Two Chicago landowners have received clearance from an appellate court to proceed with their case challenging the city of Chicago’s decision to landmark their North Side neighborhoods while excluding others nearby.
At the same time, however, the appeals panel rejected the landowners’ appeal over the lower court’s finding that the city’s decision to designate the neighborhoods as landmarks was constitutional.
In an unpublished order filed Sept. 26, the First District Appellate Court affirmed in part and reversed in part Cook County Circuit Judge Sonia H. Hall, who had ruled in favor of the city government and against landowners Albert C. Hanna and Carol C. Mrowka.
Justice James Fitzgerald Smith delivered the court’s order. Justices Nathaniel R. Howse Jr. and Terrence J. Lavin concurred.
The justices’ order marked the second time the appellate court had considered the case in the last four years, as Hall’s decision in the matter followed a 2009 appellate order that reversed her initial dismissal of the case and remanded it back to the lower court.
The case first arose following an action several years ago by Chicago’s Commission on Historic Landmarks to designate the Arlington Deming neighborhood of Lincoln Park and the East Village neighborhood as landmark districts, a designation that restricts the ability of property owners to alter their buildings under city ordinance.
Hanna owns property in Arlington Deming, while Mrowka owns property in the East Village.
The landowners together sued the city, arguing, among other reasons, the city’s ordinance was too vague to be constitutional and that the Chicago City Council had improperly delegated legislative authority to the Landmarks Commission.
In response, the city argued that none of those arguments could pass legal muster and as such, asked the trial court to dismiss the case.
Hall at that time agreed with the city and granted its request.
The landowners then appealed the dismissal, and the appellate court in 2009 ruled that the plaintiffs had raised serious enough legal questions to proceed and ordered the lower court to allow further proceedings in the matter.
The landowners later filed an amended complaint, essentially restating their earlier contentions, but also adding arguments that the city erred in singling out their neighborhoods for landmark designation, while ignoring similarly situated neighborhoods nearby.
Hall, however, again sided with the city, granting summary judgment upholding the constitutionality of the city’s ordinance and landmark designations, and also dismissing the landowners’ suit questioning the legal rationale behind the city’s decision to landmark the neighborhoods.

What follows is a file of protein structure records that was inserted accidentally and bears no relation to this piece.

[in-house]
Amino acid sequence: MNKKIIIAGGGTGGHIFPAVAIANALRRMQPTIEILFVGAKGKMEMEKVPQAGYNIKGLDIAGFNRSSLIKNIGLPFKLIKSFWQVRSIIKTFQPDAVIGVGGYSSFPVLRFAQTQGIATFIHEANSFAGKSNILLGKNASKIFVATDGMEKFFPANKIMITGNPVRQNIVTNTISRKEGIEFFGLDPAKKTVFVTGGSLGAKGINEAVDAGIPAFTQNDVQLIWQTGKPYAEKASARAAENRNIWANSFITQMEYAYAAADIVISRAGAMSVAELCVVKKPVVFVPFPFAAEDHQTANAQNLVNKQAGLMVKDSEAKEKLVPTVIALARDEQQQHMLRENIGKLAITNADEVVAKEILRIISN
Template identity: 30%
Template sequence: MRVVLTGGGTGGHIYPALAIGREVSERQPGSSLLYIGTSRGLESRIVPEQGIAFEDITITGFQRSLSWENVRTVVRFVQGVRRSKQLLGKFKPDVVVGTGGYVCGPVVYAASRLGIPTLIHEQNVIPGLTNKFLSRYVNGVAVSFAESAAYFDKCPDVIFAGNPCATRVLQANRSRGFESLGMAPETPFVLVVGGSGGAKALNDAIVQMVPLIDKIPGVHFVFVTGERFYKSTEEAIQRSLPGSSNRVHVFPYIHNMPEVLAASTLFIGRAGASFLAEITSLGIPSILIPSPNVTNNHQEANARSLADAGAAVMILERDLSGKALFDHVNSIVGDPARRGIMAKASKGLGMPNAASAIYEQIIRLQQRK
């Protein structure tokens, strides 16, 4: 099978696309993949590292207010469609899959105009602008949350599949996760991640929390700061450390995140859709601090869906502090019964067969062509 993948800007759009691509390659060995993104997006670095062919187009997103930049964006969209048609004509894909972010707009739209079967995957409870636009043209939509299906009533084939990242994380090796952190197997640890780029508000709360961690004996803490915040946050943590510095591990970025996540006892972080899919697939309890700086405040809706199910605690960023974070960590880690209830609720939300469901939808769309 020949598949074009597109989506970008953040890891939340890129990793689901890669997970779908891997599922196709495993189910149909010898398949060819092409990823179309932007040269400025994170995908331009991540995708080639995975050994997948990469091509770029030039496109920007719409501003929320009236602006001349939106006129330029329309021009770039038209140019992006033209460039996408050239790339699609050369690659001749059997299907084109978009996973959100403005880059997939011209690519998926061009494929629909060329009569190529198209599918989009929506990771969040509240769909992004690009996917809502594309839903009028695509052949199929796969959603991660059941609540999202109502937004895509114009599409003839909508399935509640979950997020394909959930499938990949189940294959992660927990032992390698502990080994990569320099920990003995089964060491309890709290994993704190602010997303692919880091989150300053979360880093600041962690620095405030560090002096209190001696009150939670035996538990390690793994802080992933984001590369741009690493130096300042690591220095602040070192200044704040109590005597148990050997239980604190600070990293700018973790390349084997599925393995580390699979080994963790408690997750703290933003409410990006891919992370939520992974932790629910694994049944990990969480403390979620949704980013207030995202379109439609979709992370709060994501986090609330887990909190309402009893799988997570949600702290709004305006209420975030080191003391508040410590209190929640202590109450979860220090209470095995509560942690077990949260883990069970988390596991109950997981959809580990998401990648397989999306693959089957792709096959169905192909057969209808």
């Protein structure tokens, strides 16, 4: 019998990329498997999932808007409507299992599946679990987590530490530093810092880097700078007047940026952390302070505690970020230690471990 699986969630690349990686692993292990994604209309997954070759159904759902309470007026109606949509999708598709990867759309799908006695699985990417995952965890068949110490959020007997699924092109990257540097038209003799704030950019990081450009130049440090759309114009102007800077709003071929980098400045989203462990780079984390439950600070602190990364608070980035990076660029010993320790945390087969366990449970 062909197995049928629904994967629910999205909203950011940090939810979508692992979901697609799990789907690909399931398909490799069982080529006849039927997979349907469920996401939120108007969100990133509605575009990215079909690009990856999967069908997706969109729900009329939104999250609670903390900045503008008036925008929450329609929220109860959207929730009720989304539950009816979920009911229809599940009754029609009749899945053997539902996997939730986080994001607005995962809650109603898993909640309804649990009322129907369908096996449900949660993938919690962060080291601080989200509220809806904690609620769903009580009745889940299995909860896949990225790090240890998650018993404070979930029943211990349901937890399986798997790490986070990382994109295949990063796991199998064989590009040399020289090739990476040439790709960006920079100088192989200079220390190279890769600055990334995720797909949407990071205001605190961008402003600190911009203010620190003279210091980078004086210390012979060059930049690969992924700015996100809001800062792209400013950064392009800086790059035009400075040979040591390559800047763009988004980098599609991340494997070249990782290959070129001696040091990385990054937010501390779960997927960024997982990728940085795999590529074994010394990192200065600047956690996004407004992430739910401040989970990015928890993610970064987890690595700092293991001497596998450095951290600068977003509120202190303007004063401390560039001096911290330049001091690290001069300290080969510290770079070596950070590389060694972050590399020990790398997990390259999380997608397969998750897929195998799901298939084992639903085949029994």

The plaintiffs again appealed.
This time around, the appellate court reversed in part and affirmed in part Hall's ruling.
Sided with Hall on the issue of whether the city’s rules and actions were constitutional, the justices found the ordinance was not overly vague.
It also determined that the ordinance was properly approved by the City Council, that the landmarks designations were properly executed and that the ordinance did not improperly delegate legislative power to the Landmarks Commission.
The appeals panel also chided the landowners for attempting to argue that the appellate court had, in its 2009 ruling, effectively found the landmarks designations to be unconstitutional.
The justices wrote that the plaintiffs’ argument to that effect in the amended complaint was a “mischaracterization” of the appellate court’s earlier order.
They wrote that the 2009 order merely noted that the landowners had raised sufficient legal questions concerning the constitutionality of the ordinance and stressed that those questions should be handled by the trial judge to whom the case had been sent back to.
And, the justices wrote in their order, the trial judge did just that.
The justices did, however, find that the trial judge erred in dismissing the new counts the landowners brought in their amended complaint that questions the landmark designation of Arlington Deming and East Village.
Saying that the lower court should again take up those matters, the appeals panel overturned the lower court’s dismissal and remanded the case to allow the landowners to press the city to produce “a rational basis” supporting the inclusion of those neighborhoods, while excluding others.
The plaintiffs had argued, for instance, that while East Village was designated as a landmark, “very similar” neighborhoods like Little Village and Pilsen were left alone.
“We have no doubt that defendants (the city of Chicago) will most likely offer a basis for the creation of these districts as opposed to others,” the justices wrote. “But at this point in the procedural posture of this cause, whether plaintiffs (the landowners) can defeat the substantive issues and the rational basis test is not yet relevant.”
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